Tis the season to be jolly, or not… ‘The Nights Before Christmas’ certainly chooses the latter delivering a thoroughly nasty Christmas slasher which will see you on the naughty list just for watching, never mind enjoying!

To be fair, I’ve been riding the high of the recent revival of Christmas horror. There was the fantasy-esk titles such as ‘Krampus’ and ‘Rare Exports’, and some invasion style films such as ‘Red Christmas’ and ‘Better Watch Out’ which were all great, but I will admit, for all their imagination and extravagance, you can’t really beat the classic formula of Slasher Claus.

Typically, I reach for ‘Silent Night, Deadly Night’ to scratch that particular itch.

With Paul Tanter’s ‘The Nights Before Christmas’ showcasing a similar theme, the bar was set high, and whilst I wouldn’t say my X-Mas fave has been replaced it was given a good run for its money.

The plot opens with a mass murder, seeing a group of cowering victims doused with petrol and, well having more than just their chestnuts well and truly roasted. With several closeups of a visibly maimed Mr Claus and a slightly more palatable Mrs Claus it’s clear that this film isn’t going for subtlety. Cut forwards a few years and we see a troubled survivor of the massacre, hiding in witness protection. With her dad finally tracking her down and offering an olive branch, a few quiet years since the massacre, it seems she might be able to put her past behind her.

That said, that wouldn’t make much of a horror film, and its not long before Santa’s making a list, and checking it twice, and back on the murder spree.

And what a grisly one it is to!

This film is satisfyingly violent. With such a bombastic start I genuinely wondered whether the film could keep pace, but with plenty of interesting ideas and locations including some great set pieces the film manages to keep the momentum going, with each kill managing to up the ante slightly, with the odd plot twist helping to keep the story flowing. The effects are decent, and the kills are nicely varied. The films effects have a modern quality, but the use of prosthetic effects (not to mention some poor taste) gives some of the slashing a definite ‘throwback’ feel. There’s plenty of blade kills, axe-kills, strangulation and even a loped off cock, so trust me when I say you won’t feel short changed if you’re in the mood for something brutal.

As if the ample crimson isn’t reason enough to give the film a watch let me tell you that it’s the films antagonist which will see it a reoccurring feature on my festive list.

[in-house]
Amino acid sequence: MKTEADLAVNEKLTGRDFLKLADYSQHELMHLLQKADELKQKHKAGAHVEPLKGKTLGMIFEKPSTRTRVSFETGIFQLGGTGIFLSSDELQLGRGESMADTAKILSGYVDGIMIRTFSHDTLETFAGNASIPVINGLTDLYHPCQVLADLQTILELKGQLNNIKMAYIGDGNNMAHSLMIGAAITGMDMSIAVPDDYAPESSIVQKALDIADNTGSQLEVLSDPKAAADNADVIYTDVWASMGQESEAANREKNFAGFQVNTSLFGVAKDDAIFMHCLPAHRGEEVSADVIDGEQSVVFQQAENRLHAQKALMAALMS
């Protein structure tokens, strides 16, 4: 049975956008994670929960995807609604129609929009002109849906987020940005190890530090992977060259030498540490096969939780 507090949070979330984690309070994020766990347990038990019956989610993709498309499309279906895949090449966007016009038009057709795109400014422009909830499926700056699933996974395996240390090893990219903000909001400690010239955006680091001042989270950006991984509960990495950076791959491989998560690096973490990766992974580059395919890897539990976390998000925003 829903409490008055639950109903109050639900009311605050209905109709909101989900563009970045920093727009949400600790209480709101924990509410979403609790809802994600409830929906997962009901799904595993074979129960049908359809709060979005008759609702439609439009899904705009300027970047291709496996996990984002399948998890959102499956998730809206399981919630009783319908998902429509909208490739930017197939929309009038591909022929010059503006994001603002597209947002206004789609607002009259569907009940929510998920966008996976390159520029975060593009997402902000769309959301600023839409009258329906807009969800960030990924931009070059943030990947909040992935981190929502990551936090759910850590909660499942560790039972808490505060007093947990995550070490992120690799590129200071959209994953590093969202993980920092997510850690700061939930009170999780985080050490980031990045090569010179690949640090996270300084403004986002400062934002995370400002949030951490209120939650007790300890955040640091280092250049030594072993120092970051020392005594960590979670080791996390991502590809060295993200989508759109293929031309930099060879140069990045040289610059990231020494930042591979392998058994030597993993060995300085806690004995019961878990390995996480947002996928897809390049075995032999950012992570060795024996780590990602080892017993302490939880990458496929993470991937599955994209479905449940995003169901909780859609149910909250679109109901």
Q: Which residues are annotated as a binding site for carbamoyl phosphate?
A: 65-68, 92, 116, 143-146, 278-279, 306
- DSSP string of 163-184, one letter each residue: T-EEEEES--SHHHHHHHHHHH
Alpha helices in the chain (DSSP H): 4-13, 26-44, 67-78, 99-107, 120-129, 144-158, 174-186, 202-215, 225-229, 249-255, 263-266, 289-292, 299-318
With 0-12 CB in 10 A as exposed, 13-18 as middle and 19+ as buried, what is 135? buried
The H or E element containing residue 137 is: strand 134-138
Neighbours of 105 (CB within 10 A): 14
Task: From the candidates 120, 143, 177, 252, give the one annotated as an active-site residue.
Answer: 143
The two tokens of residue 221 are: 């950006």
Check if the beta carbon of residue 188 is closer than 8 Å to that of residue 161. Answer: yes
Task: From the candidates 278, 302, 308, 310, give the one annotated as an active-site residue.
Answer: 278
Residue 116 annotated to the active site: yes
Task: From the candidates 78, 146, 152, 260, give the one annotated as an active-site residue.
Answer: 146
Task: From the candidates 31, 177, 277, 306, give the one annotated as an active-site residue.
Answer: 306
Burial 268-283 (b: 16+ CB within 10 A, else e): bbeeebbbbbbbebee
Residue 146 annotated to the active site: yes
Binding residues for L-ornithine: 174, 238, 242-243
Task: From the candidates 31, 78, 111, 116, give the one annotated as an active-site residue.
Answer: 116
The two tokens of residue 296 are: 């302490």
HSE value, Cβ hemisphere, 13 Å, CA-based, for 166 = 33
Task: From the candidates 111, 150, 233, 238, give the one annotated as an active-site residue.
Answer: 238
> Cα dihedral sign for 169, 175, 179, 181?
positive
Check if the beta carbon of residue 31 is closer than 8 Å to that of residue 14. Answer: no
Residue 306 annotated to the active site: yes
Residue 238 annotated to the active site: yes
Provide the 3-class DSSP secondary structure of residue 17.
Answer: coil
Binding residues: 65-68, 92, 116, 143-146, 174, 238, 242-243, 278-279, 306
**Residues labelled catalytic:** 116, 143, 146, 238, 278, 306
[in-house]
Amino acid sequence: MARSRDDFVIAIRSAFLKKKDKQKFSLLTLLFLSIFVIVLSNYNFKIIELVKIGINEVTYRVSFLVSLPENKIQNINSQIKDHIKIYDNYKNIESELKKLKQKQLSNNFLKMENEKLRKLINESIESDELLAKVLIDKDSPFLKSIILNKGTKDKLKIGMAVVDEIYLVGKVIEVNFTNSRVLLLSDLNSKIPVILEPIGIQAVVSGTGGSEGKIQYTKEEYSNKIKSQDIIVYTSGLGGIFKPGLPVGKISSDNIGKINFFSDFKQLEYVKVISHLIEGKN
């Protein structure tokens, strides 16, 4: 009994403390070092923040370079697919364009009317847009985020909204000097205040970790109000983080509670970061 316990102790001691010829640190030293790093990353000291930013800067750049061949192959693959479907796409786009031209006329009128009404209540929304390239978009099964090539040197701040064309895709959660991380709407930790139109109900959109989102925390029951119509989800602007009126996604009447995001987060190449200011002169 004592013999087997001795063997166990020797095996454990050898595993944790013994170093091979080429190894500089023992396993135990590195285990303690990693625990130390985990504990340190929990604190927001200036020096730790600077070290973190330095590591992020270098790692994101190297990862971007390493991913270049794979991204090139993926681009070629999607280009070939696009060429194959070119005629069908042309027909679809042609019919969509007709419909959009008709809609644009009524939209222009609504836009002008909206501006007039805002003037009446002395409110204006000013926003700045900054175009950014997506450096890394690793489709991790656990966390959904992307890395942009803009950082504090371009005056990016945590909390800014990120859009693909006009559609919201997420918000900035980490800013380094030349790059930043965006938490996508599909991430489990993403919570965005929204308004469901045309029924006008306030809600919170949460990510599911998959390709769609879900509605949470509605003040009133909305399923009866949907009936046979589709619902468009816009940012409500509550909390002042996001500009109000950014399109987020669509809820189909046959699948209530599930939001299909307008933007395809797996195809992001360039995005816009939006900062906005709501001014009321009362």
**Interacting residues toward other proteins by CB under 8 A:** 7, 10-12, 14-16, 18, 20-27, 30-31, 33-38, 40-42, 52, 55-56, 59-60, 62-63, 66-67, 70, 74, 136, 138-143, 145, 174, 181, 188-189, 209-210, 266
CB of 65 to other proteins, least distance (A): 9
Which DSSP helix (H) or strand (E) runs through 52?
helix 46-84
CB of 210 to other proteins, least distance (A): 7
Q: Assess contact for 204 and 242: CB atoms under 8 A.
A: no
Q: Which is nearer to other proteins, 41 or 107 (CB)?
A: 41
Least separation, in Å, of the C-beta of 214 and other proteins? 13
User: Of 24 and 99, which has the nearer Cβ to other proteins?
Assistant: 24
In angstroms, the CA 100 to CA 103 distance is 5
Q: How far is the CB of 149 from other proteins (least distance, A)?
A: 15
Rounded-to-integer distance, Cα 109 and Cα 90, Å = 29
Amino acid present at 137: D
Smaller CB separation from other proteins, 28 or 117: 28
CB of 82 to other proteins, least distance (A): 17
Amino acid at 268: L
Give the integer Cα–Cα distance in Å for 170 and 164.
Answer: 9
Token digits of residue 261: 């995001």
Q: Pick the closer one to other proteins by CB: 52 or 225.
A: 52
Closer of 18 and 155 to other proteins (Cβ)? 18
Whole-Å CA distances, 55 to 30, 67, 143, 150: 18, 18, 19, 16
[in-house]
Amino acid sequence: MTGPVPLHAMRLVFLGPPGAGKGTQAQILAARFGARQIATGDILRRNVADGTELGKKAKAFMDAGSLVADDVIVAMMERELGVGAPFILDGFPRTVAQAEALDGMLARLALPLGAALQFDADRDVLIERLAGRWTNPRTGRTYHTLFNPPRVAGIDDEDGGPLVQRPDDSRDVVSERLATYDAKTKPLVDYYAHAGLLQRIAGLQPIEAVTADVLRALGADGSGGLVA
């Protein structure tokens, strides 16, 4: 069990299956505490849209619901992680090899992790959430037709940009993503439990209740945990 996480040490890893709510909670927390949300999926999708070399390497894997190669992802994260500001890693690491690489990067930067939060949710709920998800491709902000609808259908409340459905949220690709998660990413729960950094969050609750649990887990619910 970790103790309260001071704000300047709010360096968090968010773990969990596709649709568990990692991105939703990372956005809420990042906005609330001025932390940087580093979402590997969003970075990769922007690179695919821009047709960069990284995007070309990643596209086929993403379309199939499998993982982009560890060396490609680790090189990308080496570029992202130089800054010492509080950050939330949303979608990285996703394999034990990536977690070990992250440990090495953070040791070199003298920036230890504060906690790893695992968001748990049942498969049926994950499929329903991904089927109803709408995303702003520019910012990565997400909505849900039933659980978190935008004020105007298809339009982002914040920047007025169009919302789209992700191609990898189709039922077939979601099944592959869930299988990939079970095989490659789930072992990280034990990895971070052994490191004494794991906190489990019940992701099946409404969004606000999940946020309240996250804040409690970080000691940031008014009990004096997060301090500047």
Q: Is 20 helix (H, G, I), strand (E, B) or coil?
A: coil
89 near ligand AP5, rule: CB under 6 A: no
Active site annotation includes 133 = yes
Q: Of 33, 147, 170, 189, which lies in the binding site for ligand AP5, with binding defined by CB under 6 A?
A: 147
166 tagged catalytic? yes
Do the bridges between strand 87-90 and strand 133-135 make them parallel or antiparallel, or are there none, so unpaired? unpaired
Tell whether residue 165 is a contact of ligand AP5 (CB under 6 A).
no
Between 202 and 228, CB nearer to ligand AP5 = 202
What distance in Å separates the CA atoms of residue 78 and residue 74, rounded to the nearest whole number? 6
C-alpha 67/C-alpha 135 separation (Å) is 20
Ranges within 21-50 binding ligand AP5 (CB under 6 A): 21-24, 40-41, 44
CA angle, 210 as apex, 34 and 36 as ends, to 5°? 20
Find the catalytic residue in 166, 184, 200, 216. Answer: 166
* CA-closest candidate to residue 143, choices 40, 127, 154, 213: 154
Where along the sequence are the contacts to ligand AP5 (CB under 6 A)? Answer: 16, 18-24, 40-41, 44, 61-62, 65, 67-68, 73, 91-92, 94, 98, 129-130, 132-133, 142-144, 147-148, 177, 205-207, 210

Simon Phillips (who’s also credited as a writer) carries this film as Killer Claus.

His anti-claus is up there with the best. He’s got the best lines and is perfectly unhinged. I’m not exaggerating when I say he has a presence (and no that’s not a pun) to put him up there with the best. Indeed, I would love to see Phillips let loose as a stalker with a little more scope than a killer Santa. Every scene he is in, he nails, in fact, it was a little odd to be routing for the bad guy; but man, he’s killer.

So much so, that his quality was not matched by a fairly uneven set of protagonists. Indeed, it was not quite clear who we were supposed to be routing for on the other side!

Between the slaying (ok, pun intended) the film follows the FBI and local police forces as they try to figure out the next target and put the murderous duo behind bars, and mixed in with this, is the plight of the survivor from the original massacre; neither plotline amassing to much either, with the FBI roles struggling to find the balance between exposition and cliché, and the later, well only really coming into its own towards the end. In stark contrast, the writing around the set-pieces isn’t quite as polished, and the rest of the characters struggle to be either memorable or at times convincing.

I wouldn’t say these elements are particularly bad, and certainly not by other B-Movie standards, but they don’t hit the highs of the more violent or sadistic elements of the film. Even when the film tries a more psychological edge, most of these scenes, often involving Mrs Claus and/or the FBI lead feel like parodies of scenes from other movies. The change of pace isn’t bad per-se, but the crime thriller direction doesn’t drive the film in the way that it works in something like the ‘SAW’ franchise as example.

Overall though, if you are wanting something outright nasty this Christmas Tanter’s ‘The Nights Before Christmas’ is well worth a watch, and this, paired with ‘Silent Night Deadly Night’ (1984) would be one gruesome double bill.